Center Elements Vertically Without Tables

The drive to eradicate tables from page layout has two arguments: tables are inherently semantic, and we should care about the semantics of our documents; table markup is difficult to deal with - table-based style hooks cannot be easily changed. Not everyone is worried about the first point, but anyone who has ever needed to change the style of a page appreciates the second.

Ideally style hooks (for this article we will use this term to refer to elements that are inserted into html purely for reasons of style), even though they be inserted only when absolutely necessary, should be simply neutralisable from a stylesheet. For example, using the nonsemantic div element for stylehooks and applying to them a 'stylehook' class, as Waxpad does, means that styling that class with the appropriate neutral properties can effectively remove all those elements from the layout of the document. This is not so easy to do with tables.

Fortunately most kinds of layout do not require any style hooks, and almost every kind of layout you could want can be achieved with a handful of nonsemantic, easily neutralisable divs. Most of these techniques are obvious, but proper vertical centering is not.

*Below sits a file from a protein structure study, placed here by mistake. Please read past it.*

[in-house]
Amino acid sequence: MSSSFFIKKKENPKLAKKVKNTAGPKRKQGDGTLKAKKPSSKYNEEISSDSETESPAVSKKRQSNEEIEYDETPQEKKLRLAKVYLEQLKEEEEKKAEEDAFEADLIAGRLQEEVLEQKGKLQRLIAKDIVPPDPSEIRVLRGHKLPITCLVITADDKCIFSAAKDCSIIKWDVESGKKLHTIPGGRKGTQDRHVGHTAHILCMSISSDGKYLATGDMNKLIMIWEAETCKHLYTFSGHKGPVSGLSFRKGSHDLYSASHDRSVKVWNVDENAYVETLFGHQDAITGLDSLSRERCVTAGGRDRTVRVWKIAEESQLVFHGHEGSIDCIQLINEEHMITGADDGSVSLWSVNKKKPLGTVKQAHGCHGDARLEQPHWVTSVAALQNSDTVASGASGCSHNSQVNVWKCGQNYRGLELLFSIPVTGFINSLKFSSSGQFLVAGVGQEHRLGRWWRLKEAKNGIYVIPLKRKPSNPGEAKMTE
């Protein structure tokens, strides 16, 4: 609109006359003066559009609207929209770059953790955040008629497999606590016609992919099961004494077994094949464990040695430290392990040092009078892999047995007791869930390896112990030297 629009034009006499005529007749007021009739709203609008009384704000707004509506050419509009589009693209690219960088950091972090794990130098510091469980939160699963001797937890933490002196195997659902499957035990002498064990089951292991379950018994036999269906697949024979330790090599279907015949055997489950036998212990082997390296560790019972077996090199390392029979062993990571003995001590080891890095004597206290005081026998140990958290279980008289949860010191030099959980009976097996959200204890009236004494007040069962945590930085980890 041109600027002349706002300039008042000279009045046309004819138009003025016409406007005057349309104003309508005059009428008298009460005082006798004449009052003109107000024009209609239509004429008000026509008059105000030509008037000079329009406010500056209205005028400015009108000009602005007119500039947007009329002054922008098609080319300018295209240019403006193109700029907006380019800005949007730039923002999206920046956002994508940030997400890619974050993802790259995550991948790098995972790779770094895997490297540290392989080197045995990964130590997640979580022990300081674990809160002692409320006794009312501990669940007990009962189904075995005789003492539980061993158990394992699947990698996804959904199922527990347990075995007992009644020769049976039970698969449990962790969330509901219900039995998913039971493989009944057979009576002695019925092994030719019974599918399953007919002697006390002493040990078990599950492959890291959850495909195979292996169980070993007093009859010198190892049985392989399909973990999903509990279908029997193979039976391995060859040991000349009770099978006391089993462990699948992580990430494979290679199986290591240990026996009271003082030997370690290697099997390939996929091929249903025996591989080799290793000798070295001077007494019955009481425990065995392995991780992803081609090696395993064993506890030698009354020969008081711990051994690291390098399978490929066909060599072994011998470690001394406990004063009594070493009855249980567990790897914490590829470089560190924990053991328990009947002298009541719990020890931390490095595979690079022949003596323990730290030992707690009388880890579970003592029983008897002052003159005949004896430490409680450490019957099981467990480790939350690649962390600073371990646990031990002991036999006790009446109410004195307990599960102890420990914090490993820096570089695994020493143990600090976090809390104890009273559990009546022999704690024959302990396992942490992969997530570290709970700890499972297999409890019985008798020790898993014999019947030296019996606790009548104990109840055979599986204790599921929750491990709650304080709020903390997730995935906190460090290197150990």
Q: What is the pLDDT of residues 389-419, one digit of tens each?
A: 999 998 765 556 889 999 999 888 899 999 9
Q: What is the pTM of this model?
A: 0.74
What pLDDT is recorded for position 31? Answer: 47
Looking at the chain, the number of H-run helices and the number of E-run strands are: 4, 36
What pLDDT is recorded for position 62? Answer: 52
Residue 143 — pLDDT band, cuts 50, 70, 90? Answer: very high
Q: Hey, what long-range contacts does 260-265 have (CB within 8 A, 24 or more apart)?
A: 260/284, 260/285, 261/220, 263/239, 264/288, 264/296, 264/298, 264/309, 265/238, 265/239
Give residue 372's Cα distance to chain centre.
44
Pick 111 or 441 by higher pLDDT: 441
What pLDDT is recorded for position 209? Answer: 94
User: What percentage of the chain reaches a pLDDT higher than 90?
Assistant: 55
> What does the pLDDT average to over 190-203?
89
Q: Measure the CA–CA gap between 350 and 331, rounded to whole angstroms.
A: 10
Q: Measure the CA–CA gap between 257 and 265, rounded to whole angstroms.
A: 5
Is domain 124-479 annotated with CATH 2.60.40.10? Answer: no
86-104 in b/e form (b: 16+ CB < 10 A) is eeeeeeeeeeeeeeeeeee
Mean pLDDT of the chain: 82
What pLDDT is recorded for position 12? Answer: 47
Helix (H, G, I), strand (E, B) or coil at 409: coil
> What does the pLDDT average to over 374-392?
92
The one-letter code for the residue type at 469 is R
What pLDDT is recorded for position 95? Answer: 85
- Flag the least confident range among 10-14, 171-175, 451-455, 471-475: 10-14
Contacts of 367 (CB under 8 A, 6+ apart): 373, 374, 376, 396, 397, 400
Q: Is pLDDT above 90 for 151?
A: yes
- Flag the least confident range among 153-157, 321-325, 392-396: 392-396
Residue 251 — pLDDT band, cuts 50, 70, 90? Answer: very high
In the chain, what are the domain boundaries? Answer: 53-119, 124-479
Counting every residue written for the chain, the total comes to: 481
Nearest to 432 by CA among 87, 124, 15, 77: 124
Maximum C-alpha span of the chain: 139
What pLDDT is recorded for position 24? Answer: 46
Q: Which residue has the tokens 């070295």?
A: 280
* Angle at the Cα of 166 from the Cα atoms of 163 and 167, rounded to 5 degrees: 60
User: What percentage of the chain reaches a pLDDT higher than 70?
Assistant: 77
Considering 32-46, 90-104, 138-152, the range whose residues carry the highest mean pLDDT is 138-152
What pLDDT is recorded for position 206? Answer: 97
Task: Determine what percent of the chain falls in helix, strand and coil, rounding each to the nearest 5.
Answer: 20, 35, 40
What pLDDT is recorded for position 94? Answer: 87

By proper vertical centering we mean an element sitting in a container that is dynamically positioned so that its horizontal center line coincides with horizontal center line of its container, unless it is taller than its container, in which case its top coincides with the top of its container.

The technique:

Wrap the element to be centered in a vertseed div. Set the element's top to be minus half of its height.

Wrap the vertseed in a vertcase div. Set the vertseed's top to be 100% of its parent's height.

Put the vertcase inside the container element. Set the vertcase's height to be at minimum half of the centered element's height, and at maximum half of the vertcase's parent's height.

Once this is done, with appropriate hacks for Internet Explorer (which does not implement minimum and maximum heights), vertical centering is achieved. If these style hooks were ever to be neutralised, it would be done by setting them all absolutely positioned and 100% sized so that they filled the container, and the element that was centered would find itself in an environment exactly the same as if the style hooks were not there.

These steps, and many other alignment options, are implemented automatically when selected in Waxpad. Example.


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Waxpad Article: Vertical Centering